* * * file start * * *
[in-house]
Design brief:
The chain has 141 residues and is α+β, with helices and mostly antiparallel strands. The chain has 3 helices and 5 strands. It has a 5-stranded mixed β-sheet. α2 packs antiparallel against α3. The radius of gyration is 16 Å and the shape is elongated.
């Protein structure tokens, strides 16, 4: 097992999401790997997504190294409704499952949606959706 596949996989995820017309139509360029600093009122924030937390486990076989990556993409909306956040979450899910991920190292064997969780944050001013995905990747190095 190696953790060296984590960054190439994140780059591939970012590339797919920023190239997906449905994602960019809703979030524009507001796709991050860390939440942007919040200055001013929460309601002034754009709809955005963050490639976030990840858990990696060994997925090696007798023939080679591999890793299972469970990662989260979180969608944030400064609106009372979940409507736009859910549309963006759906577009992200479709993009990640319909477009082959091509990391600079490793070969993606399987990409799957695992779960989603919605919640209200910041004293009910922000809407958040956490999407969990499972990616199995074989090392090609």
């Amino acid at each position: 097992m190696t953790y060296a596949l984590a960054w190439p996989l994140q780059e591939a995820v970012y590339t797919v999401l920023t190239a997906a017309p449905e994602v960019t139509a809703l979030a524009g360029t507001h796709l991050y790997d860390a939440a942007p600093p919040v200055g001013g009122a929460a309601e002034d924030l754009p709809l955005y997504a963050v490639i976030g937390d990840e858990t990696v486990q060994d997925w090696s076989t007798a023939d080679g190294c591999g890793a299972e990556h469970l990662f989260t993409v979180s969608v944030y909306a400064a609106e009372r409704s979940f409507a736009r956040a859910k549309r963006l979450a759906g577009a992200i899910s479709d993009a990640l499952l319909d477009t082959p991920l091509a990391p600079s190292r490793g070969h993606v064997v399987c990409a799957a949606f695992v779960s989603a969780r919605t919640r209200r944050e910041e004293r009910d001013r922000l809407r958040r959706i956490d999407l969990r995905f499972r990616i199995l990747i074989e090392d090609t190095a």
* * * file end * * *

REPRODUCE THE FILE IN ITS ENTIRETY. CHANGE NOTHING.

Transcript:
[in-house]
Design brief:
The chain has 141 residues and is α+β, with helices and mostly antiparallel strands. The chain has 3 helices and 5 strands. It has a 5-stranded mixed β-sheet. α2 packs antiparallel against α3. The radius of gyration is 16 Å and the shape is elongated.
């Protein structure tokens, strides 16, 4: 097992999401790997997504190294409704499952949606959706 596949996989995820017309139509360029600093009122924030937390486990076989990556993409909306956040979450899910991920190292064997969780944050001013995905990747190095 190696953790060296984590960054190439994140780059591939970012590339797919920023190239997906449905994602960019809703979030524009507001796709991050860390939440942007919040200055001013929460309601002034754009709809955005963050490639976030990840858990990696060994997925090696007798023939080679591999890793299972469970990662989260979180969608944030400064609106009372979940409507736009859910549309963006759906577009992200479709993009990640319909477009082959091509990391600079490793070969993606399987990409799957695992779960989603919605919640209200910041004293009910922000809407958040956490999407969990499972990616199995074989090392090609």
């Amino acid at each position: 097992m190696t953790y060296a596949l984590a960054w190439p996989l994140q780059e591939a995820v970012y590339t797919v999401l920023t190239a997906a017309p449905e994602v960019t139509a809703l979030a524009g360029t507001h796709l991050y790997d860390a939440a942007p600093p919040v200055g001013g009122a929460a309601e002034d924030l754009p709809l955005y997504a963050v490639i976030g937390d990840e858990t990696v486990q060994d997925w090696s076989t007798a023939d080679g190294c591999g890793a299972e990556h469970l990662f989260t993409v979180s969608v944030y909306a400064a609106e009372r409704s979940f409507a736009r956040a859910k549309r963006l979450a759906g577009a992200i899910s479709d993009a990640l499952l319909d477009t082959p991920l091509a990391p600079s190292r490793g070969h993606v064997v399987c990409a799957a949606f695992v779960s989603a969780r919605t919640r209200r944050e910041e004293r009910d001013r922000l809407r958040r959706i956490d999407l969990r995905f499972r990616i199995l990747i074989e090392d090609t190095a």